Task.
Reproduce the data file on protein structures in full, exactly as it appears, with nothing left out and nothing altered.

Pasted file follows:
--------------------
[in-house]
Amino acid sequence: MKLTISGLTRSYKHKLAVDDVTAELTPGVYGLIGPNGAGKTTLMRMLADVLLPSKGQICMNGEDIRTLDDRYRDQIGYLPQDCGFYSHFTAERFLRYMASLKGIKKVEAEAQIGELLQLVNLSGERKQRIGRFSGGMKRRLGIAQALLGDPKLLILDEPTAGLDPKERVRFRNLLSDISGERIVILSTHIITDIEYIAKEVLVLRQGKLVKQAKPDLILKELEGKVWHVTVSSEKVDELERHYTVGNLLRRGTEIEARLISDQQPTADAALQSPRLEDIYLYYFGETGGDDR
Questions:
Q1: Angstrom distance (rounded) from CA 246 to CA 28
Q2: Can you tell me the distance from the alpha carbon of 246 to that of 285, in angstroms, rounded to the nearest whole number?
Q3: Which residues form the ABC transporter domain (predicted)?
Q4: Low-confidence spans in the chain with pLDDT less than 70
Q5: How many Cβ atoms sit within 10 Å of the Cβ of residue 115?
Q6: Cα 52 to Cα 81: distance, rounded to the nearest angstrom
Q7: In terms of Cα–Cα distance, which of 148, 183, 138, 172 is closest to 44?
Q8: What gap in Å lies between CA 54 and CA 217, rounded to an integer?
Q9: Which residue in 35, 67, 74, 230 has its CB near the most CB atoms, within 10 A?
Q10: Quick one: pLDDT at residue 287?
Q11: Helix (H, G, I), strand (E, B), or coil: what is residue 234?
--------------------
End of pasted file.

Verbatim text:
[in-house]
Amino acid sequence: MKLTISGLTRSYKHKLAVDDVTAELTPGVYGLIGPNGAGKTTLMRMLADVLLPSKGQICMNGEDIRTLDDRYRDQIGYLPQDCGFYSHFTAERFLRYMASLKGIKKVEAEAQIGELLQLVNLSGERKQRIGRFSGGMKRRLGIAQALLGDPKLLILDEPTAGLDPKERVRFRNLLSDISGERIVILSTHIITDIEYIAKEVLVLRQGKLVKQAKPDLILKELEGKVWHVTVSSEKVDELERHYTVGNLLRRGTEIEARLISDQQPTADAALQSPRLEDIYLYYFGETGGDDR
Questions:
Q1: Angstrom distance (rounded) from CA 246 to CA 28
Q2: Can you tell me the distance from the alpha carbon of 246 to that of 285, in angstroms, rounded to the nearest whole number?
Q3: Which residues form the ABC transporter domain (predicted)?
Q4: Low-confidence spans in the chain with pLDDT less than 70
Q5: How many Cβ atoms sit within 10 Å of the Cβ of residue 115?
Q6: Cα 52 to Cα 81: distance, rounded to the nearest angstrom
Q7: In terms of Cα–Cα distance, which of 148, 183, 138, 172 is closest to 44?
Q8: What gap in Å lies between CA 54 and CA 217, rounded to an integer?
Q9: Which residue in 35, 67, 74, 230 has its CB near the most CB atoms, within 10 A?
Q10: Quick one: pLDDT at residue 287?
Q11: Helix (H, G, I), strand (E, B), or coil: what is residue 234?